First thing is to determine if we double or not, here are the criteria to determine if we double or not

Your hand total has to be soft 18 (A,7) or less (EXCEPTION use only when comfortable: You double soft 19 vs dealer 6)

The dealer has to have a weak upcard (26)

If the dealer's upcard is 5 or 6, double, if not, proceed to step 4

The rule of 9: add the total of your nonace card with the dealer's upcard, if they equal 9 or more, double (example: double A,5 v dealer 4 [equals 9], don't double A,3 v dealer 3 [equals 6]) (EXCEPTION: you double A,4 v dealer 4 even though they equal 8)
If you can't double:

If dealer has weak upcard (26), hit until soft 18 or more, if hand becomes hard, follow hard rules. Logic is that 18 is a good enough hand to beat most weak dealer upcards. You may think 17 is good enough, but 17 will never win against a pat dealer hand (only tie). Any hand less than 17 only relies on dealer busting, and we want to take the chance to increase our odds of winning by making a hand greater than 17 because we can't bust with a soft hand. If we go over to a hard hand, its not a big deal, we are back where we started.

if dealer has 7 or 8, hit until soft 18 or more, if hand becomes hard, follow hard rules. Logic is that soft 18 beats dealer 7 upcard and ties dealer 8 upcard.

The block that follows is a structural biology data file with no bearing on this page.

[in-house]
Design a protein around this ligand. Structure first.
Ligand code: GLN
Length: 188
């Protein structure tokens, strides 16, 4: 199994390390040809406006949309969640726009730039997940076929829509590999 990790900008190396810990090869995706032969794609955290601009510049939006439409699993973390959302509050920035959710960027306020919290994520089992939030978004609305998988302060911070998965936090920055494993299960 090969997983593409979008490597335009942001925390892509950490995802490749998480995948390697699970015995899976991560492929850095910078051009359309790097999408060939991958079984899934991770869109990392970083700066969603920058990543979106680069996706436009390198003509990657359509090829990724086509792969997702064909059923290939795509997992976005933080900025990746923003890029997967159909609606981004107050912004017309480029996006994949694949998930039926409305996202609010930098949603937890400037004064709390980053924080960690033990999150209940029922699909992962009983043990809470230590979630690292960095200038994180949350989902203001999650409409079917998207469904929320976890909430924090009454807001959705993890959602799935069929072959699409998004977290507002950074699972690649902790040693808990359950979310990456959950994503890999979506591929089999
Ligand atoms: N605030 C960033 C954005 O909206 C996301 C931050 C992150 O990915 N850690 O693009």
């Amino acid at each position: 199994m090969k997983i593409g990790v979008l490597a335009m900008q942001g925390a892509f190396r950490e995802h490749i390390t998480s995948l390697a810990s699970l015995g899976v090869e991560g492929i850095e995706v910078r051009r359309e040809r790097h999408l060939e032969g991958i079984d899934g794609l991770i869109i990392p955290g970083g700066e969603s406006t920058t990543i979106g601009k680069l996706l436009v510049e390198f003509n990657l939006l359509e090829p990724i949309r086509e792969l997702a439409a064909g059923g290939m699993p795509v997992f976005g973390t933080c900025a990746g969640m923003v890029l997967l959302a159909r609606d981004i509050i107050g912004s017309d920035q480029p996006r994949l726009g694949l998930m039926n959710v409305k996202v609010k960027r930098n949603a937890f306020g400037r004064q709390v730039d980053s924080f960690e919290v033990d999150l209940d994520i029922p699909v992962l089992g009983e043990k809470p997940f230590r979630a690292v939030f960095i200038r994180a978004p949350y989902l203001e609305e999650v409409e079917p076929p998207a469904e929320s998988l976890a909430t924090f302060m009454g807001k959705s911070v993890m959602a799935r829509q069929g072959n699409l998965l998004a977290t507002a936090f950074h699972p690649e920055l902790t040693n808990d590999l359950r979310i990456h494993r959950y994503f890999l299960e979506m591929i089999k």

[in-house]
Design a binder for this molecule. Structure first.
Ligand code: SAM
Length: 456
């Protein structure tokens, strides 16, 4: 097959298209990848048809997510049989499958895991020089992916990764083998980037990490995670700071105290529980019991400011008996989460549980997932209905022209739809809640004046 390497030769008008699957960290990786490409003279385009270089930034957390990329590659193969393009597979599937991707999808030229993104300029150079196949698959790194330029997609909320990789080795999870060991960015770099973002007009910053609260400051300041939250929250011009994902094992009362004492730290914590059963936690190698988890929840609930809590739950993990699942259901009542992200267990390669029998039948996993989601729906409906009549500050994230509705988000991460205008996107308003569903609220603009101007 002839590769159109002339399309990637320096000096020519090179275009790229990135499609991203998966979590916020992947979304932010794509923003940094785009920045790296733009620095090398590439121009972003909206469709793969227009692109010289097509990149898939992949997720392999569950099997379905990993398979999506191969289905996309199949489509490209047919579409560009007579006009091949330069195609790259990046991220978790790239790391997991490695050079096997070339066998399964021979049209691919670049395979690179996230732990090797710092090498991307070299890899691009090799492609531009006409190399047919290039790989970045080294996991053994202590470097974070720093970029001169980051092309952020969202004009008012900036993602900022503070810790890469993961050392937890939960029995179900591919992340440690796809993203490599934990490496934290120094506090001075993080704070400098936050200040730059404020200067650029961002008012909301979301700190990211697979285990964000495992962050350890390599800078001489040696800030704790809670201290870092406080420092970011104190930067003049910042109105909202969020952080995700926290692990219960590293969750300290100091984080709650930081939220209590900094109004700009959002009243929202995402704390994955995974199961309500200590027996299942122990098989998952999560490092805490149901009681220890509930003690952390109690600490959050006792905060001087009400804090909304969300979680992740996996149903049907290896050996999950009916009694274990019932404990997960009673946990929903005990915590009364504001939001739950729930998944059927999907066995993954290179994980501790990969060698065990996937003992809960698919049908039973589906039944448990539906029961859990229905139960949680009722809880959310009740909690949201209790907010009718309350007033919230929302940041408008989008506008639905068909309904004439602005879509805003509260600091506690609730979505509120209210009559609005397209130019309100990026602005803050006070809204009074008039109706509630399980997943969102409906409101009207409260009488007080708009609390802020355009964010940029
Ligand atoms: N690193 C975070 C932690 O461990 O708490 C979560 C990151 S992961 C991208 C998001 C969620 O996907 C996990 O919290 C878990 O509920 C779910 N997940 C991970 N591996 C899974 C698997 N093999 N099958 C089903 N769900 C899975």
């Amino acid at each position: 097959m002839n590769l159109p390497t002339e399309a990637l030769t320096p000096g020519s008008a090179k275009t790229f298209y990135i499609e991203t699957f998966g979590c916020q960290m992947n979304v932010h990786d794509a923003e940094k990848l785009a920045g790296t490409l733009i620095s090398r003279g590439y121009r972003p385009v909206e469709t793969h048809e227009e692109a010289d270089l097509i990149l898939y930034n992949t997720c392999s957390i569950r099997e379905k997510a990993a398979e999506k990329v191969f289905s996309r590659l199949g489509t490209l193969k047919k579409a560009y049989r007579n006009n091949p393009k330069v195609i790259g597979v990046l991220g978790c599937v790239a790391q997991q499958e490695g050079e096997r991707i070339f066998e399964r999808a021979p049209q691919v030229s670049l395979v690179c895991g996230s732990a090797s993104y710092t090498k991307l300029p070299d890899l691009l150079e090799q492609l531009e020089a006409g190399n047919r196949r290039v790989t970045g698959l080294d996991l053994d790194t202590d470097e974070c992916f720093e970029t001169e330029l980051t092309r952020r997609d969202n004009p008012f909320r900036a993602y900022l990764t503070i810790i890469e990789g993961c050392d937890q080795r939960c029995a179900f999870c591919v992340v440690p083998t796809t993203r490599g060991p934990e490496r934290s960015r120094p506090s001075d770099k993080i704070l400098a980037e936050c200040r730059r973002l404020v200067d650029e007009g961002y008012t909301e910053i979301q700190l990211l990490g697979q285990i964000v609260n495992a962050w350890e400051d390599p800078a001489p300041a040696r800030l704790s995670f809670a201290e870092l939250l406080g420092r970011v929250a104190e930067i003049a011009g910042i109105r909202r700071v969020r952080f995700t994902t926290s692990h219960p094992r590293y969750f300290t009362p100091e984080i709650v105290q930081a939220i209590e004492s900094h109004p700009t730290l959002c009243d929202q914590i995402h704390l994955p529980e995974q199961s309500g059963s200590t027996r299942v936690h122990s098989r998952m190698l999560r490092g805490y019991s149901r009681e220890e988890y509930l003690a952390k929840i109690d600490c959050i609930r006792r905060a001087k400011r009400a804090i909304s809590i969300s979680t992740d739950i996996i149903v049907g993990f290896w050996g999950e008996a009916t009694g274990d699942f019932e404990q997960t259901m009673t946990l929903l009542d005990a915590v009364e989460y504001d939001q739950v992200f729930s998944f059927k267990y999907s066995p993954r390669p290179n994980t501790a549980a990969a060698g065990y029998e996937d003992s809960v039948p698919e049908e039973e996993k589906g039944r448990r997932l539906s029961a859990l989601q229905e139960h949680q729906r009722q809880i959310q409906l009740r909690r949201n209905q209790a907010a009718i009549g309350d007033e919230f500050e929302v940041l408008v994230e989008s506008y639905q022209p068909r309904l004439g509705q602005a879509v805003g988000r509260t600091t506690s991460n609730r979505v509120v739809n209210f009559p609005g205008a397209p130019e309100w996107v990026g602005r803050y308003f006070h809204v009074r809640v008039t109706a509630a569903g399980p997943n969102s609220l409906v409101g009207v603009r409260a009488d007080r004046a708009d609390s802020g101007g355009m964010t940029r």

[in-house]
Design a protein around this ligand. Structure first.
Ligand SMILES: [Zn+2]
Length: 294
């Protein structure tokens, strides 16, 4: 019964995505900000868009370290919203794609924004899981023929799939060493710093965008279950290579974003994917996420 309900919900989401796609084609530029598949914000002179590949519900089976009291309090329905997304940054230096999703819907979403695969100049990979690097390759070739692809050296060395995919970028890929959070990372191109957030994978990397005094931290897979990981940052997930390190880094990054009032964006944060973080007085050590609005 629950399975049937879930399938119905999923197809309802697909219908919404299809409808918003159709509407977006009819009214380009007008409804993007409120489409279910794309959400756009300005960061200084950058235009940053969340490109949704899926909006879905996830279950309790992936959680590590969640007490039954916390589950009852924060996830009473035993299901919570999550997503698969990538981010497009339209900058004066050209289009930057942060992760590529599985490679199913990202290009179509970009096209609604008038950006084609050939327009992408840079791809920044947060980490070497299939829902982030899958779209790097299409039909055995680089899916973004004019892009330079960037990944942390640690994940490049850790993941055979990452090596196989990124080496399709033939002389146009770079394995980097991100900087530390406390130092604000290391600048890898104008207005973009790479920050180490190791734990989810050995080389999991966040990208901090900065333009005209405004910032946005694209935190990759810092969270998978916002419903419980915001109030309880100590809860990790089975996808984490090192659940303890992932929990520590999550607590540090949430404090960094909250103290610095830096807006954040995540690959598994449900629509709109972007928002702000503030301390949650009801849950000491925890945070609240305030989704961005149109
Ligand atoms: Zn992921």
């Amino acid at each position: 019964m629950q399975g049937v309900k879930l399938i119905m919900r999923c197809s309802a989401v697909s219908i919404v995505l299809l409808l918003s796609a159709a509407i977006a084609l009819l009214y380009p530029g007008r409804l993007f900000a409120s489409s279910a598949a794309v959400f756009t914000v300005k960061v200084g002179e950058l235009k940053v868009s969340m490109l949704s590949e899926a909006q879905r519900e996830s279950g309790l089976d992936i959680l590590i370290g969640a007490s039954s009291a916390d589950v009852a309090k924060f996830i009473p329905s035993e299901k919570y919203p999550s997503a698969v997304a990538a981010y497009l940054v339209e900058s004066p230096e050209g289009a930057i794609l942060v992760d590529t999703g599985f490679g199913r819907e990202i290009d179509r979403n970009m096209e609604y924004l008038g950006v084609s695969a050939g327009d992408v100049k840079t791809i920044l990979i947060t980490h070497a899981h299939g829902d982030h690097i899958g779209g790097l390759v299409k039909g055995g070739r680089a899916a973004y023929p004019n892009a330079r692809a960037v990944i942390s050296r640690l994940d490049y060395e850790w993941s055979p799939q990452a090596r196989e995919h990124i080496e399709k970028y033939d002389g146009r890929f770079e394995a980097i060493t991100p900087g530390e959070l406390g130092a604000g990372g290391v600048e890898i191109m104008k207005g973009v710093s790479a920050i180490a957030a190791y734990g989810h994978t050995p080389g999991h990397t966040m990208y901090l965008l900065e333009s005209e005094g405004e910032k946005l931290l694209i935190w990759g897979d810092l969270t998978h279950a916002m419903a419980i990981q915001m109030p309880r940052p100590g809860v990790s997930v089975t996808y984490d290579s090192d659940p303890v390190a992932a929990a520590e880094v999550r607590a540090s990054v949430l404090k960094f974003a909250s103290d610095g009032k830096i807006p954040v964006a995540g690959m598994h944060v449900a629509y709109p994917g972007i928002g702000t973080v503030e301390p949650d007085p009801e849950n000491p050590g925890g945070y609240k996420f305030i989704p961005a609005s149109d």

if dealer has 9 or higher, hit until soft 19 or more, if hand becomes hard, follow hard rules. Logic is that we are very unlikely to improve soft 19 (only 20 or 21 is better). Now you will get people yelling at you for hitting soft 18 vs 9, but soft 18 does not beat the probable dealer 19.
Now the splits. We offensively split (by put more money down) when the dealer is more likely to bust, we defensively split when the totals of the single cards improve our odds of beating the dealer (even at the cost of doubling your bet).
Always split:

A,A : If you get 10s, you get 21 right away

8,8: 16 is the worst card to have in BJ (20% win chance), whereas two 8s, with the higher chance of hitting 18, is better (even if we risk more money).
Never split:

5,5 : You should be doubling 10s. Whereas splitting 5s, with the higher likelihood of getting two 15s (a horrible hand), is not smart

10,10: hard 20 is a great hand to have, why ruin it?
The rest, follow these steps:

Does the dealer have a weak upcard (26?) (if not, read below)

Is the upcard 5 or 6? Split

Is the upcard 2, 3, 4? Split (except 4,4). The logic about 4,4 is that hard 8 is a decent hard, where two hands of 14 isn't so great. (EXCEPTION only use once comfortable: split 2,2 and 3,3 against 7 upcard)
The weird splits: If the dealer upcard is strong, imagine splitting the hand and receiving a 10. If the result is a tie or win, then split.

7,7 : split against dealer 7, 17 ties probable dealer 17

9,9: split against dealer 8 or 9. 19 beats probable dealer 18. 19 ties probable dealer 19. Don't split against dealer 7, since hard 18 already beats probable dealer 17.
That's everything, good luck